Immunohistochemical (IHC) analyses were performed by the avidin-biotin peroxidase complex method using standard manual methods or an automated immunostaining machine (Ventana-Biotech, Tucson, AZ). Tissue sections were stained with antibodies directed against CD3, CD20, T-cell receptor beta framework-1 (beta-F1), cytotoxic granule-associated RNA binding protein (TIA-1), CD4, CD5, CD8, granzyme B, and CD52. CD19 IHC was performed on a cytospin preparation of the lymph node fine needle aspiration specimen. Appropriate positive and negative controls were used for all immunohistochemical stains. The sources of antibodies used are as follows: Polyclonal anti-CD3 (Dako), anti-CD20 (L26, Dako), beta-F1 (8A3, Endogen), TIA-1 (Immunotech), CD4 (1F6, Novocastra), CD5 (4C7, Novocastra), CD8 (Dako), granzyme B (GrB-7, Monosan), CD19 (HD37, DAKO) and CD52 (YTH34.5, Serotec). Staining was performed on an automated immunostaining machine (Ventana Medical Systems, Tucson, AZ) according to the manufacturer’s instructions. Prior antigen retrieval was performed using microwave method or Ventana’s proprietary protease-1 treatment.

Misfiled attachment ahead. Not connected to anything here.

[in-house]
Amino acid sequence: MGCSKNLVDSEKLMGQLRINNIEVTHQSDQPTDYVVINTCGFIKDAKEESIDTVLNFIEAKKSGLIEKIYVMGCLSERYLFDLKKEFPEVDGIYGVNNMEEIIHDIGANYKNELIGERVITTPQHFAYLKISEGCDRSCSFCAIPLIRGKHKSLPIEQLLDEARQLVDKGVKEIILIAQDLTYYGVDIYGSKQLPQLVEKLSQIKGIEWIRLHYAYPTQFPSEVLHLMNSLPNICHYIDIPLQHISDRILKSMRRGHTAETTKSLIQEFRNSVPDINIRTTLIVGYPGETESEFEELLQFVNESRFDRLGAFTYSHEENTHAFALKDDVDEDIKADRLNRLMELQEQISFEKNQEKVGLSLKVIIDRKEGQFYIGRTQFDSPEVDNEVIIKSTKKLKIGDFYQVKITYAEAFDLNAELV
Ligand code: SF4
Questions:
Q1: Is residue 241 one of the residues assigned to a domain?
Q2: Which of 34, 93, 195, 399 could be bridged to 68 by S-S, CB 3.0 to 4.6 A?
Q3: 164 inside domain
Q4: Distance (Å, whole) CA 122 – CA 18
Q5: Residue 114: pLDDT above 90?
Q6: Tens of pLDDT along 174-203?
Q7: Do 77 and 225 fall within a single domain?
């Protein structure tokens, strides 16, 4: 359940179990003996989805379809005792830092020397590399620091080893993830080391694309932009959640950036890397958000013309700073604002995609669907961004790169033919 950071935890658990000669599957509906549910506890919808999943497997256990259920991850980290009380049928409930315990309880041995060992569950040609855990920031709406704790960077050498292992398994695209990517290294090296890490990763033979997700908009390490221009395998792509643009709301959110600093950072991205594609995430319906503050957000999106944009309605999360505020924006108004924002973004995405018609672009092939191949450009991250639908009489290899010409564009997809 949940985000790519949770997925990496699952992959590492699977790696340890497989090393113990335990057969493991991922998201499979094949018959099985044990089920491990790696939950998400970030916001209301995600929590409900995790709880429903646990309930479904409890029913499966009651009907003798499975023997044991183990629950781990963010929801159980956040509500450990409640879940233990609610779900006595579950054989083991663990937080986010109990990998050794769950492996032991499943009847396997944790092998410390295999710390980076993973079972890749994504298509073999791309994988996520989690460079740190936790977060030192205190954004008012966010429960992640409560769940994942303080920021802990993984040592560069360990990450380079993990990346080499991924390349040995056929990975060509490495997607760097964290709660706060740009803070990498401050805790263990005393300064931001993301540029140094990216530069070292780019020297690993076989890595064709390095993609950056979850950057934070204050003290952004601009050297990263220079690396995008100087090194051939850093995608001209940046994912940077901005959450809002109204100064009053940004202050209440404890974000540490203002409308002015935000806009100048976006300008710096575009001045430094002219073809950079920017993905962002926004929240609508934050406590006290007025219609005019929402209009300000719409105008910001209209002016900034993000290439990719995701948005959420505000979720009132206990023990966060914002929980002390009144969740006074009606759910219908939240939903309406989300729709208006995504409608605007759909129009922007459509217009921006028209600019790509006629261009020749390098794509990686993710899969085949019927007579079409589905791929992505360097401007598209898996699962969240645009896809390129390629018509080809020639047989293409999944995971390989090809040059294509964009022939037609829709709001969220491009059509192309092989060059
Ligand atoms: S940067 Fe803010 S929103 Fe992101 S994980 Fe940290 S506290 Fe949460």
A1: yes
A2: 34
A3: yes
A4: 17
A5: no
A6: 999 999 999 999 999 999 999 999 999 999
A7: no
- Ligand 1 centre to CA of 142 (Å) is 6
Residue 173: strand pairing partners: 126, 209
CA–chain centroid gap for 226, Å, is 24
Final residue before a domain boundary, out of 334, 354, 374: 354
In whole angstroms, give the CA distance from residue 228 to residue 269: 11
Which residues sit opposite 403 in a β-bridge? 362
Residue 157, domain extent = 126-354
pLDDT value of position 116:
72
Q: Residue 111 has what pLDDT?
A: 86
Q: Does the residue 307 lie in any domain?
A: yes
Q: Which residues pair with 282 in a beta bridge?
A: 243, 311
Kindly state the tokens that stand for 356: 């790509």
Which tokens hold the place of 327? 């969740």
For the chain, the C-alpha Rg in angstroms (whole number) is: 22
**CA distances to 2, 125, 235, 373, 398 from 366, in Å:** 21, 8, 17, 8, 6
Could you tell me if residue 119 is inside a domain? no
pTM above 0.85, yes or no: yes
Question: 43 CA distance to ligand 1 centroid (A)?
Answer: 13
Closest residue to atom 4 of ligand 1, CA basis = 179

FC (BD FacsCalibur) was performed on the FNA and a peripheral blood specimen. Erythrocytes were lysed by incubating with lysing solution (150 mM NH4Cl, 10 mM KHCO3, 0.1 mM EDTA) for 10 minutes at room temperature at a ratio of 1:9 (volume of sample: volume of lysing solution). After incubation, cells were pelleted by centrifugation (500xg for 5 minutes at room temperature), the media was aspirated, and the cells washed twice in a phosphate-buffered saline (PBS) solution containing 0.1% NaN3. The following fluorochromes are abbreviated as follows: Fluorescein isothiocyanate (FITC), phycoerythrin (PE), allophycocyanin (APC) and Peridinin-chlorophyll-protein Complex (PerCP). 4-color analysis was performed on the following antibodies: CD3 APC (Immunotech), CD19 PerCP Cy5.5 (SJ25C1, BDIS), CD14 FITC (BDIS), CD56+16 PE (BDIS), CD4 FITC (BDIS), CD 8 PE (BDIS), CD45 PerCP (BDIS), CD3 PerCP (BDIS), CD5 APC (BDIS), CD7 FITC (Coulter), CD2 PE (Coulter), CD5 FITC (BDIS), CD38 PE (BDIS), kappa FITC (BDIS), lambda PE (BDIS), CD45 APC (BDIS).